Do you procrastinate a lot? Is creating a work schedule a problem for you? If the answers to both these questions are ‘Yes’, then don’t worry. You’re similar to every other professional around the world.
A normal work schedule is always packed with tasks, some of which are easy to complete and others which are not. Identifying where to start or which job to pick first can be confusing. Here’s where the ‘Two-minute rule’ comes into the picture.
The rule, which was first proposed in the book ‘Getting Things Done’ by productivity consultant David Allen, addresses the challenge of scheduling and implementation of workload. The idea is to take work planning out of the mind and put it on paper in the form of a To-do list. David believes that having actionable items available in a visual format in front of you will help you plan and complete tasks with relative ease.
The two-minute rule works on two basic theories:
v Starting with tasks that take less than two minutes to complete will help you manage your workload better
v Incorporating the two-minute rule as a habit should make it easier to follow, in time
Steps to success
v Write a To-do list with all the items on your agenda today
v Analyze which tasks can be completed quickly, in less than two minutes
v Create a new list in the order of completion time
v Schedule tasks that take a longer time to complete for later in the day
v Start with the identified small task and complete it
v Follow the same process until all the small tasks are done
The idea behind the rule is that once you start working on something, the chances of your giving up on it are negligible. Additionally, the two-minute rule provides a solution to all those small tasks that tend to get overshadowed and forgotten in the wake of big and critical projects.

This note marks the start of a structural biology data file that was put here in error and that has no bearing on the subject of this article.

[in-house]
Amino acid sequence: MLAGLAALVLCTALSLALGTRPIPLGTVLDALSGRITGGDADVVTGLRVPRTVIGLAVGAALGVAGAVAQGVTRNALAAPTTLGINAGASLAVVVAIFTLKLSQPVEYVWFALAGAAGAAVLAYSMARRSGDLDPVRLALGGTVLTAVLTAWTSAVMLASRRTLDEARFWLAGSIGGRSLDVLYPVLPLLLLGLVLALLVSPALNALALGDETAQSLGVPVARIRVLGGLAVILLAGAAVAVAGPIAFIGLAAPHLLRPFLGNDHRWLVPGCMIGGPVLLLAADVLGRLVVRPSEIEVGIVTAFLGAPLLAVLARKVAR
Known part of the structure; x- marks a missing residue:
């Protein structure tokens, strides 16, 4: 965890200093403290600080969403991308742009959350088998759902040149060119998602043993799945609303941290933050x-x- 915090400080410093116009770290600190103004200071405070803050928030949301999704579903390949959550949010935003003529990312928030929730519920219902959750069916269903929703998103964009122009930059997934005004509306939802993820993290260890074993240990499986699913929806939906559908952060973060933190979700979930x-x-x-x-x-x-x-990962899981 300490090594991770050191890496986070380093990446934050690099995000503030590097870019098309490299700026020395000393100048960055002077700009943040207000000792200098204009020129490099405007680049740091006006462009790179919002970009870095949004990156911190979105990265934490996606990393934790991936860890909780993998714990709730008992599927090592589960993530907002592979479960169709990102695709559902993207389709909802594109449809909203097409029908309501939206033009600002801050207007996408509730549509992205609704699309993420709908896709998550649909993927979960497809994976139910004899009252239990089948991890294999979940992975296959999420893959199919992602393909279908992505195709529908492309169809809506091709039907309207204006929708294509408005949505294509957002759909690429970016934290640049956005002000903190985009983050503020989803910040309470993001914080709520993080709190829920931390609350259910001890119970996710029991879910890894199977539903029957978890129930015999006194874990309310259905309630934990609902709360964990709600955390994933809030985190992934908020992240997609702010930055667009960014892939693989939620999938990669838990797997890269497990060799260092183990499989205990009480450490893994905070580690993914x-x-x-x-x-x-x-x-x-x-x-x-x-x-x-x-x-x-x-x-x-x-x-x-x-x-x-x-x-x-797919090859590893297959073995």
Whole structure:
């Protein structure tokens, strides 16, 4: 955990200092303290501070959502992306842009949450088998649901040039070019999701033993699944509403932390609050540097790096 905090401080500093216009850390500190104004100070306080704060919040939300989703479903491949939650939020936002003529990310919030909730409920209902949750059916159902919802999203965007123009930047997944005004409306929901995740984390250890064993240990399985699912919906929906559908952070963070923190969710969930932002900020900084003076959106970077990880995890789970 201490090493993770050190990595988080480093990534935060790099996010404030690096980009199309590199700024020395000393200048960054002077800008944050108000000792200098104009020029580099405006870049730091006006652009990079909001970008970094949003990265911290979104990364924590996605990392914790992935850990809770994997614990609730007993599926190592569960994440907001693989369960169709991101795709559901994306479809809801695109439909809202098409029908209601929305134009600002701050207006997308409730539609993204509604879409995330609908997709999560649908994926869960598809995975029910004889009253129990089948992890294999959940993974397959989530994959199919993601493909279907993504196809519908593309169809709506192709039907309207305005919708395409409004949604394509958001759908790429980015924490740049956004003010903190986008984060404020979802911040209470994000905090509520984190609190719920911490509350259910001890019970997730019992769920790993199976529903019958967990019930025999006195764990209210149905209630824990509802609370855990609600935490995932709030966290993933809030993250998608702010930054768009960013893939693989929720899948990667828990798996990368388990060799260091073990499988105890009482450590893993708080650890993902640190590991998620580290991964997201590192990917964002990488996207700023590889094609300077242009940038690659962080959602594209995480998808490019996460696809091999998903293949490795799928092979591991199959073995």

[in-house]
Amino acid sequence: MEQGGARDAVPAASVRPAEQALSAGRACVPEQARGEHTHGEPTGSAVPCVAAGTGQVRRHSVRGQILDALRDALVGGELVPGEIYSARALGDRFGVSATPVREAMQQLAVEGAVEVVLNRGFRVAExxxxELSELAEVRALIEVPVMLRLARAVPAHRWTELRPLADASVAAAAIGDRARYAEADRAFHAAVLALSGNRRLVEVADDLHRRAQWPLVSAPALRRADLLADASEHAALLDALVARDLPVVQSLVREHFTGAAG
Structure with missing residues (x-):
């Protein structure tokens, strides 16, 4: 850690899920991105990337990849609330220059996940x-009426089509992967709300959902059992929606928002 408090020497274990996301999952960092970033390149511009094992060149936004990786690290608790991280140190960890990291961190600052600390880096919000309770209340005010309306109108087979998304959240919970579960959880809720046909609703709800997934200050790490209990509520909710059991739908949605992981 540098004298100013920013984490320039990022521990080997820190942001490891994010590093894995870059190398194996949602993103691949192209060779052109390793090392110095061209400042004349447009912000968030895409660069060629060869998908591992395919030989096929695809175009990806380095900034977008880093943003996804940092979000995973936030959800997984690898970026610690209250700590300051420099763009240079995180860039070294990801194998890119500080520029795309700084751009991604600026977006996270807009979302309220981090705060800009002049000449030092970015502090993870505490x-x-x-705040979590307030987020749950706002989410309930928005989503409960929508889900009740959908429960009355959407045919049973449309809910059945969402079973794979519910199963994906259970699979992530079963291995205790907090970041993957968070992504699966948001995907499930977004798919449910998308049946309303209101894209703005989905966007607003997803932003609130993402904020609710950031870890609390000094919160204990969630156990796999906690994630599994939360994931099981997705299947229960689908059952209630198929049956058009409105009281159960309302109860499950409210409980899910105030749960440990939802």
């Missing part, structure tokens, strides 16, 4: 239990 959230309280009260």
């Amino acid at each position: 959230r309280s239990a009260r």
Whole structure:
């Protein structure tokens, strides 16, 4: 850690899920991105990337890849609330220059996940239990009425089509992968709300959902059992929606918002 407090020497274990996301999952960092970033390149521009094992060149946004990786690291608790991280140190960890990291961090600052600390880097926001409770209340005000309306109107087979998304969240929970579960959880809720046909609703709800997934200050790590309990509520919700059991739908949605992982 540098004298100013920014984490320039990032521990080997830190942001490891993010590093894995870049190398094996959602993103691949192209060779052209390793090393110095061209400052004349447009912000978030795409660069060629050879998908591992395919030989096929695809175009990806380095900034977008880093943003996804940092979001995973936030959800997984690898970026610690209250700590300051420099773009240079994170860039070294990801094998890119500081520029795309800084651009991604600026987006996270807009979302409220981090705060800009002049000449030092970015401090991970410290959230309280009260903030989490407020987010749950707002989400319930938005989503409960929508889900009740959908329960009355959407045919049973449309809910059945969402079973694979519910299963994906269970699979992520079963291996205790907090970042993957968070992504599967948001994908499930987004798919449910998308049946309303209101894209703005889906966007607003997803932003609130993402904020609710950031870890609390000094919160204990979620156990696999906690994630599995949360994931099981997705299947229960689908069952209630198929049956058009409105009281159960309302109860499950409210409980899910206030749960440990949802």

Suppose you had to send an email to a supplier, a mail that was non-critical. Instead of postponing the task, send the email immediately. This will ensure that you do not forget to finish the job and will give you more time to work on large projects later.
Should you implement it?
Yes. While not all jobs can be completed in less than two minutes, the benefits of using the rule are there for us to see. Many times we tend to procrastinate out of laziness. The two-minute rule helps nip this problem in the bud.
Once you’ve got a hang of the rule, you can extend it to all those tasks that take more than two minutes to complete, say less than five minutes. The objective of the rule is to help create a mindset that rids us of our tendency to procrastinate.
Do you want to know the best thing about the two-minute rule? It works for all non-work activities too. Do you forget to take regular breaks? Just take a breather of two minutes and experience myriad benefits.